FTS Fiber breaks ground on 110-mile fiber network, sets foundation for 1 Gbps in rural Maryland

FTS Fiber, a dark fiber supplier providing carrier-class network infrastructure in both rural areas and other major U.S. markets, has begun building a 110-mile fiber network in Kent County, Maryland.

Over the next several months, subcontractors contracted by Whiting-Turner will install the dark fiber cable. Work on the network is scheduled to be completed by mid to late 2017.

Working in tandem with internet service provider ThinkBig, FTS will provide 1 Gbps service throughout the rural Eastern Shore area beginning in August.

FTS said that the fiber network connecting 54 sites in the county will "encourage economic growth and improve quality of life for residents and local businesses."

Taking a cue from Google Fiber's (NASDAQ: GOOG) "fiberhood" concept, Kent County residents can sign up for ThinkBig internet services online at thinkbignets.com. By taking part in the early sign-up process, residents can get receive updates on progress and ensures they will be notified as soon as ThinkBig service is available in their neighborhood.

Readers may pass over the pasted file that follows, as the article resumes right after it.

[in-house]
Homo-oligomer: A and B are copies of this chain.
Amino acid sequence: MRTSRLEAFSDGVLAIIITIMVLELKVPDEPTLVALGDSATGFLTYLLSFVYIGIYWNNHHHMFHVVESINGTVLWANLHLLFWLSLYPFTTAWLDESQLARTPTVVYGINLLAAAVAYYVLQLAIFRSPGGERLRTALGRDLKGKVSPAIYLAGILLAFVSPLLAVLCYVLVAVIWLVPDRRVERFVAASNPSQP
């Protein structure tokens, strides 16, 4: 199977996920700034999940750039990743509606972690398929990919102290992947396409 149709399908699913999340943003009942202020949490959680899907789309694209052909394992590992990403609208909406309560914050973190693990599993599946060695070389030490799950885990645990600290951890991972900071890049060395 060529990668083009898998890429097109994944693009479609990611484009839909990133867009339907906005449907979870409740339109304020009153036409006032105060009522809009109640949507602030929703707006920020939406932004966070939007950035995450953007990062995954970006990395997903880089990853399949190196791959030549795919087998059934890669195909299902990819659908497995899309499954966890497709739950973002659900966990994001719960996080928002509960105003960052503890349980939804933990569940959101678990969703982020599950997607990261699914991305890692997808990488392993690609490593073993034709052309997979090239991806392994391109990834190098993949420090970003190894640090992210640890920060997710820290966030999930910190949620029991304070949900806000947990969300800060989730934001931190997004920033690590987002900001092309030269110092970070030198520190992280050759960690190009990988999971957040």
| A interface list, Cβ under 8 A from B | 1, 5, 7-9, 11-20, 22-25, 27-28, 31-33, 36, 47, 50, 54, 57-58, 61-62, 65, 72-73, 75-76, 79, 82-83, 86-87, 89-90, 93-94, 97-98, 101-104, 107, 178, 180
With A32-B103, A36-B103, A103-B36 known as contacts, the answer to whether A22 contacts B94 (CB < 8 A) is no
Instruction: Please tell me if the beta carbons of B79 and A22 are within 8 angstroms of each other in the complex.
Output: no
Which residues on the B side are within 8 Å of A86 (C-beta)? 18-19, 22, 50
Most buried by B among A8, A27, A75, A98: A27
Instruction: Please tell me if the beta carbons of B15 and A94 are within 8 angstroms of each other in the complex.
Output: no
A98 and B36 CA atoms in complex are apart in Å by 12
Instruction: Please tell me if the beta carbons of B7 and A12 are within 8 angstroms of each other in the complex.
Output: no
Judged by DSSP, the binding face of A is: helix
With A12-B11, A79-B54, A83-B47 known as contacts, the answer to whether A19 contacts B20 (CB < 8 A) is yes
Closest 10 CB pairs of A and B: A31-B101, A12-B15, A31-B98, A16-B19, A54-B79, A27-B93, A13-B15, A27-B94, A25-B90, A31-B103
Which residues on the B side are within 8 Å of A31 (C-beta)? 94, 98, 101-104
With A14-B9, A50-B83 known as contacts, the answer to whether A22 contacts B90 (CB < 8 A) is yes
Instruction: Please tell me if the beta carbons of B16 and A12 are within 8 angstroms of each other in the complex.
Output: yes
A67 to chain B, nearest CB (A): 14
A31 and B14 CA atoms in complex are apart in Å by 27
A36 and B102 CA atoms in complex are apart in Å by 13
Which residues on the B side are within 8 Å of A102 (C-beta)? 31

While the parts of Maryland that FTS and ThinkBig are serving may be rural, the buildout illustrates that there's a demand to bring higher speed broadband into underserved areas.

The project also highlights the diverse use cases for dark fiber services. FTS itself has been carving out a niche with a number of industry verticals such as rural areas, content holders, enterprise and submarine cable providers. Laying dark fiber in rural areas could also make the Kent County area more attractive to other businesses and residents that are considering it as a place to live or conduct business.

For more:
- see the release

Special Report: AT&T, Verizon, and competitive providers divided on dark fiber

Related articles:
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Level 3's Storey: We prefer to connect our fiber network to more buildings
Zayo sees dark fiber dollars in content providers, data centers, and school districts
USA Fiber gains access to Maryland right of way assets through resource sharing agreement
Cross River Fiber takes aim at New Jersey cable landing stations, adds 50 miles to network

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